22nd Ave. N gets another retail boost
One strip mall will open soon, and a toxic site will be cleaned up for a project not yet approved.
By PAUL SWIDER
Published September 27, 2006
ST. PETERSBURG - A long-vacant property is the latest of two upgrades in the home-improvement district along 22nd Avenue N.
Norris and Samon, a gas-station remediation and construction firm, is planning a retail development called 22nd Avenue Commons on a triangular parcel between 29th and 31st streets, a site last occupied in 1987 by Jones Chemical Co.
Vice president Jared Samon said the Jones site was contaminated in a 1970s chemical spill, but until now no one wanted to do the cleanup to make the property usable.
"We're going to dig down and remove the hazardous soil and haul it off to Alabama," said Samon of the $500,000 process to remove about 300 tons of dirt contaminated with trichloroethane.
If the process goes smoothly, by the start of the new year Samon's company will begin constructing a gas station, car wash and two retail buildings to serve customers who frequent the area for tile, lumber and home services. He said the strip between 34th Street and Fourth Street has been almost devoid of other shopping, forcing people to travel far for complementary services.
The shift to accommodate home-improvement shoppers began two years ago when Mazzaro's Coffee and Italian Market expanded its 22nd Avenue location and created a covered outdoor dining area.
"My office is right here and there's no food, no retail, but a lot of rooftops," Samon said. "Before Mainstream, there was nothing."
Mainstream Plaza is the other new retail development along 22nd Avenue, with a 22,000-square-foot strip mall ready to open next month between 25th and 28th streets.
"This is a pioneering project for this market," said Scott Dobbins of Gulfcoast Commercial, the leasing agent for developer Mainstream America.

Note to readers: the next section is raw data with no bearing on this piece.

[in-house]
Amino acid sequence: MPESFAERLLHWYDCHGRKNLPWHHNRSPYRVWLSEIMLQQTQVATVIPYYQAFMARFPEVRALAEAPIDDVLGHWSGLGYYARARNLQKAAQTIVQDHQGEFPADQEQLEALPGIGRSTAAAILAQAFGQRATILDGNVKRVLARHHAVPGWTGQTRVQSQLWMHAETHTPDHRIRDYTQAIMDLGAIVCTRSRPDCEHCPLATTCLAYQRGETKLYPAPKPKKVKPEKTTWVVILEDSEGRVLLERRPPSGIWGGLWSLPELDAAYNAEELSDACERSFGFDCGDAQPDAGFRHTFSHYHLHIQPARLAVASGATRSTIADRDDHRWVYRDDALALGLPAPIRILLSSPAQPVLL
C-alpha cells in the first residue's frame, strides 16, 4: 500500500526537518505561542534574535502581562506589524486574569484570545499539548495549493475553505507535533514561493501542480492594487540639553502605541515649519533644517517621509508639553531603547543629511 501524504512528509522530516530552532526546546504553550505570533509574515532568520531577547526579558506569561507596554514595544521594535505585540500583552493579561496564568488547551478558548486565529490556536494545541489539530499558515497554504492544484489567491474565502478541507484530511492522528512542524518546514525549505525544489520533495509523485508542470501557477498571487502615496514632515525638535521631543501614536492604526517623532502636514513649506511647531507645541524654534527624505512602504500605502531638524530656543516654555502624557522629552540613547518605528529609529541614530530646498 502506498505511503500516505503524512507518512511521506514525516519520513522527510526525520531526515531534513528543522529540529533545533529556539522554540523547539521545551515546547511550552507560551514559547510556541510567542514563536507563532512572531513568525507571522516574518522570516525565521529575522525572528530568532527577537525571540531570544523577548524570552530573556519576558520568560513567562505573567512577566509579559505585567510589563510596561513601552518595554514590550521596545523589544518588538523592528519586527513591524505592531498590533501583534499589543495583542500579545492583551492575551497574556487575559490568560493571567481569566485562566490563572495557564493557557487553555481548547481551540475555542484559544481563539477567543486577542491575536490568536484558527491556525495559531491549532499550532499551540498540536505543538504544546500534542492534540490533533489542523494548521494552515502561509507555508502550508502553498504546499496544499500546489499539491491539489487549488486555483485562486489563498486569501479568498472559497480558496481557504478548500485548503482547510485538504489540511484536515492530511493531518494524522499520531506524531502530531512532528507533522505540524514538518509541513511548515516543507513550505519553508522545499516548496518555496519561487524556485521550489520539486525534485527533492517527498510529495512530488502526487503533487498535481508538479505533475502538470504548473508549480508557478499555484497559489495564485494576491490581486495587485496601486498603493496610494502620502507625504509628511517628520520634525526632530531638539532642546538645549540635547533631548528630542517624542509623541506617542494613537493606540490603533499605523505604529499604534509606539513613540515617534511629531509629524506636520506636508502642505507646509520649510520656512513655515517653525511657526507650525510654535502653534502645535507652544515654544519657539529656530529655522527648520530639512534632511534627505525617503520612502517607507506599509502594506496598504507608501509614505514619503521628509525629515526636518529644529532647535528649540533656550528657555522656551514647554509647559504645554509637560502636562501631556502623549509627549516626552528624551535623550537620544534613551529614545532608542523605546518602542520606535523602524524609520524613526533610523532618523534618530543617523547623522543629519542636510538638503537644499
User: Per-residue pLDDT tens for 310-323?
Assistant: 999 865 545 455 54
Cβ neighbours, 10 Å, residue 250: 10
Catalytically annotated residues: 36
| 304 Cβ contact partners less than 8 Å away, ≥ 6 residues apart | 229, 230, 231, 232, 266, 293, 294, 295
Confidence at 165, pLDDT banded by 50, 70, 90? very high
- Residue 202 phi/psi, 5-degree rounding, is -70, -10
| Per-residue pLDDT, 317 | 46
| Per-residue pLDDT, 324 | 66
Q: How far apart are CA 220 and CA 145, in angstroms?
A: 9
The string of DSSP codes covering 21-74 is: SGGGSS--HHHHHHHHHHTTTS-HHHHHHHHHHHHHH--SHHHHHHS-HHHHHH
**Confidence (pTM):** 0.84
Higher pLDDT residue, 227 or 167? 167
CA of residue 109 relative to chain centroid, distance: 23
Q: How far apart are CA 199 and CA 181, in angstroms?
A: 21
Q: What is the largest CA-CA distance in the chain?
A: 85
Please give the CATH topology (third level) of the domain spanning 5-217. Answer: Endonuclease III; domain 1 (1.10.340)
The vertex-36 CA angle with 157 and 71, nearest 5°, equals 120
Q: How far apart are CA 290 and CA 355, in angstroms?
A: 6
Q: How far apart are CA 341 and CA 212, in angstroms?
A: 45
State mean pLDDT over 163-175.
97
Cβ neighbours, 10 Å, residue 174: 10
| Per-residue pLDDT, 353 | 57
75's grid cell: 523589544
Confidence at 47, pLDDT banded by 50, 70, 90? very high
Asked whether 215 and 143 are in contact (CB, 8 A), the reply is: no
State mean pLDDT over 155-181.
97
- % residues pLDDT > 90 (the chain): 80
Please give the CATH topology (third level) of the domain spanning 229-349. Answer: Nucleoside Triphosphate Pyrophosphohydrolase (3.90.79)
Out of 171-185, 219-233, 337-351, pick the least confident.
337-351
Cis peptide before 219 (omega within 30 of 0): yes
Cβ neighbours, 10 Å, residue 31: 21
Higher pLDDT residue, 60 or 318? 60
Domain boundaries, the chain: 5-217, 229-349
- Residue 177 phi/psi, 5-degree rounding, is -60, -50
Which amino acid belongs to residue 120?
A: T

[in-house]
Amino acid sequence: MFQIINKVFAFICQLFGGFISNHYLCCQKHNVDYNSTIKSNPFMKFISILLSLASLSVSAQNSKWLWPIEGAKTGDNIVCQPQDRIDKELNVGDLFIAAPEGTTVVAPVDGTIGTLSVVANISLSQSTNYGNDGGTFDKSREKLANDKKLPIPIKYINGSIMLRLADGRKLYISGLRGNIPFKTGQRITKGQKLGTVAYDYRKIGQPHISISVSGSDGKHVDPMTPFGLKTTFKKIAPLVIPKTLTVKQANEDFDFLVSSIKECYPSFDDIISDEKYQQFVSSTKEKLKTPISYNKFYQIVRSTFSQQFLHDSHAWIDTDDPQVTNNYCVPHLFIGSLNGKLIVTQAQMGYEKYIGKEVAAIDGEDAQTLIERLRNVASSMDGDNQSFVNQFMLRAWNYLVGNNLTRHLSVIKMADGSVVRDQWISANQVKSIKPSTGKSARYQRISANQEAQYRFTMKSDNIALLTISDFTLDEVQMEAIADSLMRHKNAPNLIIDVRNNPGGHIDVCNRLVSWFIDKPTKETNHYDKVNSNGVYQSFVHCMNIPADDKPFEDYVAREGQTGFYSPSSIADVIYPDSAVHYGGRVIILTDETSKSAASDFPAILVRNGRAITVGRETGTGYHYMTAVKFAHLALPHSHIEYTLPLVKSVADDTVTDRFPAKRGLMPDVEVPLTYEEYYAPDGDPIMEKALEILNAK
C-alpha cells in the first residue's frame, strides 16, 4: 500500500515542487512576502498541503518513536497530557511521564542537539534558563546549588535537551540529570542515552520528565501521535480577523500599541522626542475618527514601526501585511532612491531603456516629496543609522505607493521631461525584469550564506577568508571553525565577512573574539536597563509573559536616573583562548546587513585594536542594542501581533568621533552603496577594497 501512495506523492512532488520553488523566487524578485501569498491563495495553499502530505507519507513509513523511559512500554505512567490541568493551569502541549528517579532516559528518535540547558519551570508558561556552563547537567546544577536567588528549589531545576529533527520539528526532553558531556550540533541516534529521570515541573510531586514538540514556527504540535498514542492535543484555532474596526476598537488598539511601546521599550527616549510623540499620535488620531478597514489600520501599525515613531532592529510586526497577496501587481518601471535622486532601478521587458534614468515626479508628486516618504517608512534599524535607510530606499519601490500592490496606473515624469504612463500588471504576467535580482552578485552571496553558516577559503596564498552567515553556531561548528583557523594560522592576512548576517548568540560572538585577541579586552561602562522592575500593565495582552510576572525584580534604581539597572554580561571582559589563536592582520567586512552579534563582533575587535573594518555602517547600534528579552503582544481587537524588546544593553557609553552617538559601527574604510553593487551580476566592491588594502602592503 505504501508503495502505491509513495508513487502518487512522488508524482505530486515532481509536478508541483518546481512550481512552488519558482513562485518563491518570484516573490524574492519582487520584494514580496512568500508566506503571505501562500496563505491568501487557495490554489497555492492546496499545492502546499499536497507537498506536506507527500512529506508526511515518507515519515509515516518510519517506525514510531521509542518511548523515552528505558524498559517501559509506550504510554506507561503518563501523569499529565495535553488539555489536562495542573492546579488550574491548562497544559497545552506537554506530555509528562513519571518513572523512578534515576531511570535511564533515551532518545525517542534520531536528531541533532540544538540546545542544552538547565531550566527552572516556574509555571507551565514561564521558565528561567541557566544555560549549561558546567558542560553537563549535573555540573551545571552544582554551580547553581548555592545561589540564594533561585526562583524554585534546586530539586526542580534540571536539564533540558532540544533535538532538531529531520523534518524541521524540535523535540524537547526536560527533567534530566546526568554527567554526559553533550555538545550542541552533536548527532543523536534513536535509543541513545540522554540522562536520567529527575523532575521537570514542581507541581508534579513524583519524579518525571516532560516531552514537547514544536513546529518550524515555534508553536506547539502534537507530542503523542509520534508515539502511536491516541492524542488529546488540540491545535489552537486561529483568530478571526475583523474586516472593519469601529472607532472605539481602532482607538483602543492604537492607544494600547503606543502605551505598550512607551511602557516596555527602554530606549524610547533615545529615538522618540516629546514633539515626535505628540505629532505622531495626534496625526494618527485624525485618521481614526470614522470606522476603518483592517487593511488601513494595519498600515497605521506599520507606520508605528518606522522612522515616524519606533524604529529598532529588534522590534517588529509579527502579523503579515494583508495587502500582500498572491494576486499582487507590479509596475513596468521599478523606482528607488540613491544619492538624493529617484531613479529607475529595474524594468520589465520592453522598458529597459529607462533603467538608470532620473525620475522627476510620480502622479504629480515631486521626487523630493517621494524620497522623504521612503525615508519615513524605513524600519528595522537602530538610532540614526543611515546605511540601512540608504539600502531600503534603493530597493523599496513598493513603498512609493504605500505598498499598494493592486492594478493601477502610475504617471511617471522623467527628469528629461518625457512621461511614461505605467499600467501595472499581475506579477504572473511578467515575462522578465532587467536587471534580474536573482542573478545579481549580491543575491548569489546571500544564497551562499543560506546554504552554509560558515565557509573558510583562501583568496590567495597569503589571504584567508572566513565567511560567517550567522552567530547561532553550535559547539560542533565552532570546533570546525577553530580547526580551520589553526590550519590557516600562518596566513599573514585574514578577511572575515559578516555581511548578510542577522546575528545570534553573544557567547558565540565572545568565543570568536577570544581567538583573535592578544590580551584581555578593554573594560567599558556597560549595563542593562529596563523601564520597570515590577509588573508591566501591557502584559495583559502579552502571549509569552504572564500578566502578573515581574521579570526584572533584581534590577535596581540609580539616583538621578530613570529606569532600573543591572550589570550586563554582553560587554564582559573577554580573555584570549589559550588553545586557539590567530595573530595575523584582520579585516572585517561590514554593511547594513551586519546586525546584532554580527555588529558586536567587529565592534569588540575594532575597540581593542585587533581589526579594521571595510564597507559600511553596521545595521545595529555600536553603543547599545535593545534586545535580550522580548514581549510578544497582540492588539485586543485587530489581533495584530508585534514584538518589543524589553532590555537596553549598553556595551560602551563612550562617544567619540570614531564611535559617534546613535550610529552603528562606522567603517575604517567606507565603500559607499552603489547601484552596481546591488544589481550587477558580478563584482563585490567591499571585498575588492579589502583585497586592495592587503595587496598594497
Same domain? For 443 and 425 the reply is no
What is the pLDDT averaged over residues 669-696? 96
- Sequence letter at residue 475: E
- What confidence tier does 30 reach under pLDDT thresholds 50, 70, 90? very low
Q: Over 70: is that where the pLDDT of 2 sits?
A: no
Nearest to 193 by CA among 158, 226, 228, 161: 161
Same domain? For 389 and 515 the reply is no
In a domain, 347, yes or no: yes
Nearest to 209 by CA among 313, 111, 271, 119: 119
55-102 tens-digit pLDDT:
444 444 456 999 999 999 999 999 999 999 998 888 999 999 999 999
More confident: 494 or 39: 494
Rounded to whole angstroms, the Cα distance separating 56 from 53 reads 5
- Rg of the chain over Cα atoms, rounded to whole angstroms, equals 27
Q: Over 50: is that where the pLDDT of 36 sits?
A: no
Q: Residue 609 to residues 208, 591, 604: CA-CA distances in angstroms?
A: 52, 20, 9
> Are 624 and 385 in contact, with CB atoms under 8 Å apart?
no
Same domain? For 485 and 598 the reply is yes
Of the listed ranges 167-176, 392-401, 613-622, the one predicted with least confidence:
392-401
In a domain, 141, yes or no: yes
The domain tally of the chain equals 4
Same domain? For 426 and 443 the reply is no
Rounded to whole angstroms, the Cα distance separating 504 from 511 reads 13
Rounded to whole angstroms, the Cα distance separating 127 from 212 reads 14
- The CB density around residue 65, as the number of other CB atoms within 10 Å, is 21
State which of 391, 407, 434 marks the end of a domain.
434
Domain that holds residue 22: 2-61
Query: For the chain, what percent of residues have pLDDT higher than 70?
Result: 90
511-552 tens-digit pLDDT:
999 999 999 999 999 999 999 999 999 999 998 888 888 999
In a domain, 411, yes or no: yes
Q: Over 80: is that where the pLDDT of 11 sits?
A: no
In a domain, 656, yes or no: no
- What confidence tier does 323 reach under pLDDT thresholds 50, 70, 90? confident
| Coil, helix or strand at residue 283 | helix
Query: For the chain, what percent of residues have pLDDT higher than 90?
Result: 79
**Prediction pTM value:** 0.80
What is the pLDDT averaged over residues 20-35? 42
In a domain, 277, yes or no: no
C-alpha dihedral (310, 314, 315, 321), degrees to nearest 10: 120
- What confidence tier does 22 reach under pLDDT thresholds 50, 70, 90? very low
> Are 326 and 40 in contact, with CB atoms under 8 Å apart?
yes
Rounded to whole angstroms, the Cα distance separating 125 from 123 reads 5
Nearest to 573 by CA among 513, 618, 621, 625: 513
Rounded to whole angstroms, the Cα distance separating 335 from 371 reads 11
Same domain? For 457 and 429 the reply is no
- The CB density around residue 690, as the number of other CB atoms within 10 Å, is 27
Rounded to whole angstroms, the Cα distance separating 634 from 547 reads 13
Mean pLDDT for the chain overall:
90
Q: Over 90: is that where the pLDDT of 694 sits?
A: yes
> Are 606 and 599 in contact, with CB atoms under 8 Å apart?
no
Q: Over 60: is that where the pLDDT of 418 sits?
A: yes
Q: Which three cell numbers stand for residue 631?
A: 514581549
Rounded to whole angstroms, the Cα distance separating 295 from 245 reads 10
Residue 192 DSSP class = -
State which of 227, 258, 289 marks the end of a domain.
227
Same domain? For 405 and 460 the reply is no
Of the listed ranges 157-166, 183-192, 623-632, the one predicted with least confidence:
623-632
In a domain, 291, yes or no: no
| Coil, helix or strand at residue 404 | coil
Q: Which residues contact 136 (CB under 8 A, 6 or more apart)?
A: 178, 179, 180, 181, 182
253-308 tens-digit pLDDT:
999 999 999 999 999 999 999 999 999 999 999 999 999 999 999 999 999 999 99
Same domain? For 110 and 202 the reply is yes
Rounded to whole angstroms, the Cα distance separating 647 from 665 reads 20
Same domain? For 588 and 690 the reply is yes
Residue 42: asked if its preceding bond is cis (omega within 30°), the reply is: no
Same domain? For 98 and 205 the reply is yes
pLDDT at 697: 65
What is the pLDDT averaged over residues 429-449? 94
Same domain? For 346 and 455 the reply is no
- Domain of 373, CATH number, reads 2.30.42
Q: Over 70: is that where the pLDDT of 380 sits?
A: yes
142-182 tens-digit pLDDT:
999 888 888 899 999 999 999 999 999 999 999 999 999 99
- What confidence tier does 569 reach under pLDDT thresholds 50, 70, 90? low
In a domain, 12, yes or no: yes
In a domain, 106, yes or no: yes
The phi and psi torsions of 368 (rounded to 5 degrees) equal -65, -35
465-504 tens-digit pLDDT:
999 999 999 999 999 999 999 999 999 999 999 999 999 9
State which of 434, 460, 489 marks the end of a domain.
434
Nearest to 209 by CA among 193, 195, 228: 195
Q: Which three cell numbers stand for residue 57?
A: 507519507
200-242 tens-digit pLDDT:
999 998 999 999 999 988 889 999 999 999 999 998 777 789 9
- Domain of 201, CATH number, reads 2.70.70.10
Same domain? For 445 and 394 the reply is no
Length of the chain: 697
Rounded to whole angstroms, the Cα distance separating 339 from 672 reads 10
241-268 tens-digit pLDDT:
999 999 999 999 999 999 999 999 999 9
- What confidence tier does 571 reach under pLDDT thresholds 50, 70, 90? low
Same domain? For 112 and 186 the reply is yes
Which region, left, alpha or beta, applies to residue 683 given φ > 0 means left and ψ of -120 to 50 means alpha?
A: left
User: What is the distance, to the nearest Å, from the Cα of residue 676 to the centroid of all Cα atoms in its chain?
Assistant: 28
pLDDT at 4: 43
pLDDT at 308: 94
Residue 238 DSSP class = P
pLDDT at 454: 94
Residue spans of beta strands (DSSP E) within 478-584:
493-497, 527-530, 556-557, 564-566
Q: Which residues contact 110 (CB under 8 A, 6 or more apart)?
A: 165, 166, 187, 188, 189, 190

The Mainstream project has the same light commercial aim as Samon's. It's first tenant to open will be Panchero's Mexican Grill, a Midwest chain new to the area, said Dobbins. Soon to follow will be a Quiznos Subs, Wireless Gadgets store, Doma, a high-end home furnishings store, and Beyond, an Aveda salon.
Dobbins said space remains in the two Mainstream buildings but he is in talks with a bank, a fitness center and others. He is marketing the development for traffic from nearby big-box stores Home Depot and Lowe's and the demand for alternative shopping.
"This will set the pace for changes along 22nd Avenue," said Tony Fernandez, the Mainstream developer who broke new commercial ground last year with two new strips on opposite sides of Fourth Street between Seventh and Eight avenues N.
Samon's project is somewhat more complicated than Mainstream.
He said he has been working with state environmental officials for 18 months to work out cleanup details before finalizing plans with the city, which has yet to approve the project.
Samon's experience with environmental remediation allowed him to purchase the 6.5-acre parcel a year ago for $1.5-million, he said.
He later sold 4 acres south of the bisecting CSX railroad tracks for $2-million, most of which will go toward cleaning the 2.5 acres on which he'll build the retail center.
Paul Swider can be reached at 892-2271 or firstname.lastname@example.org or by participating in itsyourtimes.com.